Constitutional Council members are preparing to hear the controversy over the formula used to allocate seats after last month’s election, following a pledge by opposition leader Sam Rainsy to take the matter to the country’s highest appeals body.
Members of the Council said Wednesday they hadn’t received a complaint on the matter, but noted complaints could be lodged until 5 pm today.
The National Election Committee Tuesday rejected 304 complaints filed by opposition parties.
Council member Say Bory said Wednesday any examination of the alleged change would be based on the existing electoral law, ratified by legislators in May.
“We cannot create new laws, we can only look at the existing electoral law passed by the National Assembly,” he said.
Controversy over the formula erupted shortly after the elections, when the NEC informed election watchdog groups they were using the wrong system to calculate the seat allocation. Critics claim the NEC has failed to prove it legally changed the formula, while NEC officials maintain they never changed the formula—only that a mistaken example of the formula was published in a draft in May.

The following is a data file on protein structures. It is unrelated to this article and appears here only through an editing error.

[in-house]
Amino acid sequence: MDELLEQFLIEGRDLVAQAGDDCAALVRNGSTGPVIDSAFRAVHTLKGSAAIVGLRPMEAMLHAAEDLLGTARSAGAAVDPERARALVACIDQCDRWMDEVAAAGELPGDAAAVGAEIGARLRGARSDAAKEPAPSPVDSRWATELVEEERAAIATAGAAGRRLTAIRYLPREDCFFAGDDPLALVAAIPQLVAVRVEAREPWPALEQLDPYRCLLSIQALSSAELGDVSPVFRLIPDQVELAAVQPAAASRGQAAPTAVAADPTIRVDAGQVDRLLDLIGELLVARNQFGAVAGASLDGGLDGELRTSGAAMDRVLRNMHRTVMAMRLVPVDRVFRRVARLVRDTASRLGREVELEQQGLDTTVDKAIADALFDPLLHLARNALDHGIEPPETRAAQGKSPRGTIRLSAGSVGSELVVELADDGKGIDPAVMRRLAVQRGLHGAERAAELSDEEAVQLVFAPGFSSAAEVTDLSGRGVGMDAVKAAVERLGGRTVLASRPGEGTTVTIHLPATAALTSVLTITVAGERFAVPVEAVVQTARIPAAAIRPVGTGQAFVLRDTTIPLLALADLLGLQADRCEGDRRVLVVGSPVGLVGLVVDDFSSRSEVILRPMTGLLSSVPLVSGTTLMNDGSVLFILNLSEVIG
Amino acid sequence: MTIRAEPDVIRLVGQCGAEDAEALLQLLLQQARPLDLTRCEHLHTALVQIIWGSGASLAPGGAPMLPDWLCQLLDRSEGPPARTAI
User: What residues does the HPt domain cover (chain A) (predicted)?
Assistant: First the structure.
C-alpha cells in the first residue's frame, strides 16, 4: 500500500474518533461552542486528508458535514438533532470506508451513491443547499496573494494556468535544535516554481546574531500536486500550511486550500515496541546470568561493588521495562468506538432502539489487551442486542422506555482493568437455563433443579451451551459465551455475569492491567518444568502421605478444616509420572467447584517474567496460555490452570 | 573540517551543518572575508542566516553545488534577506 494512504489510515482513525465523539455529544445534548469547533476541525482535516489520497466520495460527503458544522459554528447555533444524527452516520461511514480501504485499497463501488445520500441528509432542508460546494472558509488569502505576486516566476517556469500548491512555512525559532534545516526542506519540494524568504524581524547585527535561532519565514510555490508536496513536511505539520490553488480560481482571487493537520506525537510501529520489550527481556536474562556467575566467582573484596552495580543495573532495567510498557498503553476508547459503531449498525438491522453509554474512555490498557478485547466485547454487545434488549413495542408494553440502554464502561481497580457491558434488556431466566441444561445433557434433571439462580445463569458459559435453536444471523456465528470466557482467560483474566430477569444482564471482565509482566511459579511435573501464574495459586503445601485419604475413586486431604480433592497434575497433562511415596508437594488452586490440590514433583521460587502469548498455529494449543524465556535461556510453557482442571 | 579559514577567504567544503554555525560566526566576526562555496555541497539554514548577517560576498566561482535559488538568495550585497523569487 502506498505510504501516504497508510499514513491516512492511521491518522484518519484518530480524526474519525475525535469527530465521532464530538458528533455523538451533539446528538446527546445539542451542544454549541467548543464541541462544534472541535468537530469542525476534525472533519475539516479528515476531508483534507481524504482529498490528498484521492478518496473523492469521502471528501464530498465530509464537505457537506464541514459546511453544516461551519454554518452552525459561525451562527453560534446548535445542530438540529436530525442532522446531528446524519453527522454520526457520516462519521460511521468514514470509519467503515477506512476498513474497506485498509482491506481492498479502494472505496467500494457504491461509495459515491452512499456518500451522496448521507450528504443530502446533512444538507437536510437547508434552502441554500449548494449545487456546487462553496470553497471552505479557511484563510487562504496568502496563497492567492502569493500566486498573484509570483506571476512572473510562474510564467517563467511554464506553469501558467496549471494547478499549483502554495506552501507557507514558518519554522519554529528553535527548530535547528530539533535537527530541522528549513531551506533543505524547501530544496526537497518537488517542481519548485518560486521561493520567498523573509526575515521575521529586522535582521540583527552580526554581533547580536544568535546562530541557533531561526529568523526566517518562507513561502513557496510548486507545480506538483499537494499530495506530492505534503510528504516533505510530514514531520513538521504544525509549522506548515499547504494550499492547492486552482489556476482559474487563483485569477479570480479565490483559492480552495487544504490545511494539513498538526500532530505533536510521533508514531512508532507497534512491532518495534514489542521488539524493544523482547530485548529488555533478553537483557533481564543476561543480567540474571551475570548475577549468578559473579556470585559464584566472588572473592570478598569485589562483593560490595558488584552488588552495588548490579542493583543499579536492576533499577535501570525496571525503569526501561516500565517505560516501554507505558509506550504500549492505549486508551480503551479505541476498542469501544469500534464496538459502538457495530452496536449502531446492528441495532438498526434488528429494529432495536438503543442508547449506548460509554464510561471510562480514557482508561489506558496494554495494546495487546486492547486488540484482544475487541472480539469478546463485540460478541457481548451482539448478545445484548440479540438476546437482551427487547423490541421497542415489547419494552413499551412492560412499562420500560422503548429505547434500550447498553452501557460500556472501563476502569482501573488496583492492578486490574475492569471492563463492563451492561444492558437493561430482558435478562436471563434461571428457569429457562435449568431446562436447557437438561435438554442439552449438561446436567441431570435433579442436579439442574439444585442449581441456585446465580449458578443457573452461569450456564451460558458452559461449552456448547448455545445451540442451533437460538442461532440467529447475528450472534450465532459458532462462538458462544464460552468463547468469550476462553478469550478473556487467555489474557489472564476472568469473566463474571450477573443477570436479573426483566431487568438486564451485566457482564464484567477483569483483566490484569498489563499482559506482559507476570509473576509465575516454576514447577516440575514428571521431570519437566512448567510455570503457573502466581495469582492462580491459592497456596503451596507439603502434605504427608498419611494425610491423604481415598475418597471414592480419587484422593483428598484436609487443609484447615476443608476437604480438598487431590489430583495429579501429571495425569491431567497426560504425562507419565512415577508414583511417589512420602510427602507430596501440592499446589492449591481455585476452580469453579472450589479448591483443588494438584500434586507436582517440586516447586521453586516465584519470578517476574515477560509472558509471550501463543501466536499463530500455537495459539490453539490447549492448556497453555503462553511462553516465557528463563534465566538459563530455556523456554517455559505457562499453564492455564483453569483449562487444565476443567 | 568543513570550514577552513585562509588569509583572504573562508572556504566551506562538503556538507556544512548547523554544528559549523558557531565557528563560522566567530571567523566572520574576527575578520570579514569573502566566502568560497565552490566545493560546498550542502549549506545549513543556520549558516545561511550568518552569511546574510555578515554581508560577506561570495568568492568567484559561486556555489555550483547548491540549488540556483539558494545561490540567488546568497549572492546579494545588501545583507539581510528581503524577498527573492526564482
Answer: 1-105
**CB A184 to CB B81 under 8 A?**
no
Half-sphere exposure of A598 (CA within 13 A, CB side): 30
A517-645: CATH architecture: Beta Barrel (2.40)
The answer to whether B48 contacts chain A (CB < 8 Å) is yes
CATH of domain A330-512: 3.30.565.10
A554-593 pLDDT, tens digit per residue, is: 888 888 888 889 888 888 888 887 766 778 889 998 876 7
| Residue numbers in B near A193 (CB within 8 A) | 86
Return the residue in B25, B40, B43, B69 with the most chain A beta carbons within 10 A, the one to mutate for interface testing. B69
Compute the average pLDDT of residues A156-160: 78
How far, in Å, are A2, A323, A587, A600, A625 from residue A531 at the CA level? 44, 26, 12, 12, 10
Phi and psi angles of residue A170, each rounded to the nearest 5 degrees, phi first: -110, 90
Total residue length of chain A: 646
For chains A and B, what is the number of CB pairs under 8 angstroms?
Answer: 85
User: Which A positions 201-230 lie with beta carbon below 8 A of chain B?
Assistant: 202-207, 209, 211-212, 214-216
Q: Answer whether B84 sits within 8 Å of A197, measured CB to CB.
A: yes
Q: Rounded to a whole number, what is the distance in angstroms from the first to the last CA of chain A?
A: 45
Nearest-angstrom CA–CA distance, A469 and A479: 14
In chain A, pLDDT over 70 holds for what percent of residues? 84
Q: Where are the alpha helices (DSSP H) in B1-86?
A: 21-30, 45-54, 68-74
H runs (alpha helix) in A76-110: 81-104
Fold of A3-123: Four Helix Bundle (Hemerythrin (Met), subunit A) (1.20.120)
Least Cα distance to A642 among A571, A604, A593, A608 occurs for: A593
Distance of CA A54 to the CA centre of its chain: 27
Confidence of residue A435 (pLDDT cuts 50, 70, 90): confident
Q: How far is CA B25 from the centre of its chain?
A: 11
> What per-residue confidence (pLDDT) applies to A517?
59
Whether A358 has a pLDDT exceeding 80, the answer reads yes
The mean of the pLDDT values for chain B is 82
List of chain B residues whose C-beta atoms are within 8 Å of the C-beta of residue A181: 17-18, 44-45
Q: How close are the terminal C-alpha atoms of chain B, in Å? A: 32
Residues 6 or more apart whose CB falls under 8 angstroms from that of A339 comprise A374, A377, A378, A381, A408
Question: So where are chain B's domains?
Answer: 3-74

Attempts to validate the change by reference to the “greatest majority” system specified in the electoral law have failed to convince critics, who note several different versions of the formula exist.
Say Bory said the Council would take this into account, as well as examining “how the decision on the formula was made and whether it was in accordance with the law or not.”
Despite his early criticism of the Council, Say Bory expressed faith in its ability to act neutrally.
The Council’s investigation, which must be wrapped up in 10 to 20 days, may draw on the resources and testimonies of other authorities such as police, political parties and the NEC itself.
Opposition leader Sam Rainsy, the author of the bulk of complaints facing the Council, has repeatedly refused to recognize its jurisdiction. A party spokesman, however, said an appeal to the Council was the only recourse available to the party.
If the Council ruled against the complaint, Rich Garella, Sam Rainsy Party spokesman, said “we would reject the legality of the decision because it comes from an illegally convened body.” A positive result, however, was unlikely to raise opposition voices against the council’s legitimacy, Garella acknowledged.
“We would be prepared to go along with any decision by any body which promoted a more democratic outcome to this election,” he said.
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